Dozens killed in Baghdad bombings
A series of bombings in the Iraqi capital has killed more than three dozen people hours before the city's long-time curfew was set to come to an end.
The deadliest attack happened in the New Baghdad section of the city. Police officials said a suicide bomber targeted a street filled with hardware stores, killing 22 people and wounding at least 45.
A second attack took place shortly afterwards in central Baghdad's popular Shorja market. Police said two devices detonated 25 metres apart, killing at least 11 people and wounding 26.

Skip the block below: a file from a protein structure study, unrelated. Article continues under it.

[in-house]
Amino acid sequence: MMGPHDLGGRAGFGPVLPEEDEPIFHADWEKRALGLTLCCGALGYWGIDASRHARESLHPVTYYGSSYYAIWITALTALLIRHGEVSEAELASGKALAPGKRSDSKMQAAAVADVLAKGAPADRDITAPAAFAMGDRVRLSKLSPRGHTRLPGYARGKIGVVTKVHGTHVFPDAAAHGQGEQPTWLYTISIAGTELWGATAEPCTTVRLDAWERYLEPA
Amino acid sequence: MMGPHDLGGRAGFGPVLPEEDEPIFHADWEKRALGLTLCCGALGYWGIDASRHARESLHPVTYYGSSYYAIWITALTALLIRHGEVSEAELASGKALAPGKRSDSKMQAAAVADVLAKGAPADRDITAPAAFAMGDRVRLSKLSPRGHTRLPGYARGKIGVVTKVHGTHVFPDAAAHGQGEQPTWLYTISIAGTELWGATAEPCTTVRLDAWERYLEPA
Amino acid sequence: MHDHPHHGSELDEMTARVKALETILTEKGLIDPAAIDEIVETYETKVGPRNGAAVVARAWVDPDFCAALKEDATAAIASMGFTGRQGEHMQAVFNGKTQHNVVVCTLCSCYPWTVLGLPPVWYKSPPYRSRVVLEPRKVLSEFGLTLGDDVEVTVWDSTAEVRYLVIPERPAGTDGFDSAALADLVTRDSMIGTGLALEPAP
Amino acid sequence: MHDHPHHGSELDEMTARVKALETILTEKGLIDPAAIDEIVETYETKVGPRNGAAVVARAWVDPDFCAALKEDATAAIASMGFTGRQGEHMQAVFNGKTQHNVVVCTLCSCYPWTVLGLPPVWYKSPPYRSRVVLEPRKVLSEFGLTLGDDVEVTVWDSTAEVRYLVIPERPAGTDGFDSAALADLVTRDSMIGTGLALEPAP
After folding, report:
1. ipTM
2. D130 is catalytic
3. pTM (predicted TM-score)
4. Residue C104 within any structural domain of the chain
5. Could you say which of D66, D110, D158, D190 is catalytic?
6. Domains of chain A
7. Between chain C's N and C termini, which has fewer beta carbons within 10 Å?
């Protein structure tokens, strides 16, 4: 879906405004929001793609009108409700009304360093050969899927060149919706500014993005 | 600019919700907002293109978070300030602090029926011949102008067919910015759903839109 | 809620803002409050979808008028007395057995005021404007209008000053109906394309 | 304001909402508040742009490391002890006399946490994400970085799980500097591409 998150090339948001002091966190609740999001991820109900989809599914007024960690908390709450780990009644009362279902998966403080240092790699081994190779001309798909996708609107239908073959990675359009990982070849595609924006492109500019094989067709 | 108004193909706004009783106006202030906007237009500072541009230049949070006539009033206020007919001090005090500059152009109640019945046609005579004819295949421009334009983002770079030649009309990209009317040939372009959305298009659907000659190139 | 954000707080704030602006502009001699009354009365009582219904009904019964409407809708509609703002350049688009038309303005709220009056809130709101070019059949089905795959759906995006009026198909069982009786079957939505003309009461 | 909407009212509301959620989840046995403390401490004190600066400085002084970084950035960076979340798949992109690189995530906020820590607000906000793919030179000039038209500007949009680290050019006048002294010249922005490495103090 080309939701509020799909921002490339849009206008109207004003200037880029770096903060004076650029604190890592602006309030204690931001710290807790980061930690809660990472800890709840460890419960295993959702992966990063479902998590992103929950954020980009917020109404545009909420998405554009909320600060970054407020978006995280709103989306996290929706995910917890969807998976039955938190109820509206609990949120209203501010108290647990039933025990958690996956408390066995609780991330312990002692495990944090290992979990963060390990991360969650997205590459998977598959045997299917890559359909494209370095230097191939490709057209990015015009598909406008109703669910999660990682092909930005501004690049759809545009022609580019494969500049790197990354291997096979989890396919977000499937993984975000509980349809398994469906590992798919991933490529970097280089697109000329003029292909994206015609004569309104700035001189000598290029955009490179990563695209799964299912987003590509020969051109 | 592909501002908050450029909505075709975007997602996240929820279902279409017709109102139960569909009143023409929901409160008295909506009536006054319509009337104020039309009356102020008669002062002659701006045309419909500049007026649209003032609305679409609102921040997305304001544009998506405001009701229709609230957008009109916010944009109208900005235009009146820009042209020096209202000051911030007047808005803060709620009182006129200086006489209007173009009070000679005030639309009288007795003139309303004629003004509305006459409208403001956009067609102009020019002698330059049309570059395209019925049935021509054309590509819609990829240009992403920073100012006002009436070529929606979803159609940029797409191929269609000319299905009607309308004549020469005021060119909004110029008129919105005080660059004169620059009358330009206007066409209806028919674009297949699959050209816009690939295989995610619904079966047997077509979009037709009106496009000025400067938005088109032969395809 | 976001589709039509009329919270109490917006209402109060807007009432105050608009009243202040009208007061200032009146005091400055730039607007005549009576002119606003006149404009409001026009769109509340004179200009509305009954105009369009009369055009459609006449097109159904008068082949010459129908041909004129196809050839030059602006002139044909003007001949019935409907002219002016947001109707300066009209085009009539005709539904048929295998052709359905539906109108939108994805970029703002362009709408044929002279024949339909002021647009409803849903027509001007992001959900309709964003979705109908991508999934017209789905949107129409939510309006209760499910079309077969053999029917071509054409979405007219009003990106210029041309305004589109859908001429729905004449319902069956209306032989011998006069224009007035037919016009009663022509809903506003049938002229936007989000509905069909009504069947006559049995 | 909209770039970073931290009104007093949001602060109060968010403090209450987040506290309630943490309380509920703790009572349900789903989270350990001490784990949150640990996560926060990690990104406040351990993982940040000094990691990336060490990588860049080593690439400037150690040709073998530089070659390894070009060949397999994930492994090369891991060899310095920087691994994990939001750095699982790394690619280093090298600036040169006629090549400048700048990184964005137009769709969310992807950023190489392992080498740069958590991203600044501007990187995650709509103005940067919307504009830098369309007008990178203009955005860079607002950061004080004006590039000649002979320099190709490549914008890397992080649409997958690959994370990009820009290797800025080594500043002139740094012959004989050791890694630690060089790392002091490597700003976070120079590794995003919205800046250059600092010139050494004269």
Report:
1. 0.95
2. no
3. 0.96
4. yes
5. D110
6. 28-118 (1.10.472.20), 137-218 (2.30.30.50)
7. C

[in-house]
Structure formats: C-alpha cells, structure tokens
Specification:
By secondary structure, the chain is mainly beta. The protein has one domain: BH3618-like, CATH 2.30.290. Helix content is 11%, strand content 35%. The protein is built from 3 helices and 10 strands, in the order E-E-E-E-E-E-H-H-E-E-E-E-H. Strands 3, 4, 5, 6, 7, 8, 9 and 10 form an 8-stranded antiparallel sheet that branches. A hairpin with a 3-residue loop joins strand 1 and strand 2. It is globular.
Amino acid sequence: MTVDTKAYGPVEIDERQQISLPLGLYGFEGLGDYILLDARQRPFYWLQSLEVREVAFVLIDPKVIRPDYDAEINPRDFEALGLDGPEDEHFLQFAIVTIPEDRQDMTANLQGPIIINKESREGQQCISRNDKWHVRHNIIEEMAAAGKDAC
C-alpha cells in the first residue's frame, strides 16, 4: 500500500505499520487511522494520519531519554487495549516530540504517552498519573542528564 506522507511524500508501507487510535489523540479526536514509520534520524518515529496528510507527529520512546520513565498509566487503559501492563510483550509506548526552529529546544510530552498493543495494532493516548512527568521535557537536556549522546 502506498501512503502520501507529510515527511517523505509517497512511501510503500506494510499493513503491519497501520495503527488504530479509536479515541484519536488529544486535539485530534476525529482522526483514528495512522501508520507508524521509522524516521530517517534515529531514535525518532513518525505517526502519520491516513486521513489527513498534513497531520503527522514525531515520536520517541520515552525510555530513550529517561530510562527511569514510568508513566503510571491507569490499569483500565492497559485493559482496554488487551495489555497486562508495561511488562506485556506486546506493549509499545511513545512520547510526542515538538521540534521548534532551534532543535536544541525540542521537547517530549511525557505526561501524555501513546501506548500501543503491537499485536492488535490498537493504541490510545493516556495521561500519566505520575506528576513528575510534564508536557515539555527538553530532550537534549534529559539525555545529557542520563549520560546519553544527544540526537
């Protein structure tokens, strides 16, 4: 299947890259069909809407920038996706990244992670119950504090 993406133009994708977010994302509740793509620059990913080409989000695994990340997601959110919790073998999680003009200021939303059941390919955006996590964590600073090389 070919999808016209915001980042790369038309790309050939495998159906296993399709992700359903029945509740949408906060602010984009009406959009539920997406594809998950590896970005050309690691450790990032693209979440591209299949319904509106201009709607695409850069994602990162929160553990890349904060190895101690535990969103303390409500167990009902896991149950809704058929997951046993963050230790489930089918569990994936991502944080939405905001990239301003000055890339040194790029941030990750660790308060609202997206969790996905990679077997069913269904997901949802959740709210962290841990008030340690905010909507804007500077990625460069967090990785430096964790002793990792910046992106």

At the Abu Cheer market on a Shiite block of south-western Baghdad, at least four people were killed and 15 wounded when a bomb detonated outside an outdoor food market.
Hospital officials confirmed the casualties.
The attacks came after prime minister Haider al-Abadi moved to lift Iraq's curfew, from midnight on Sunday.
Baghdad has remained relatively calm amid a rampage in northern and western Iraq by the al Qaida-inspired Islamic State group. Recent bombings have frequently targeted Shiite-majority areas in the capital, but the violence has been considerably subdued from the darkest days of sectarian bloodletting in 2006 and 2007.
Iraqi officials have repeatedly assured that the capital is secure, despite the occasional targeting of Baghdad's Shiite-majority neighbourhoods by the Sunni militant group.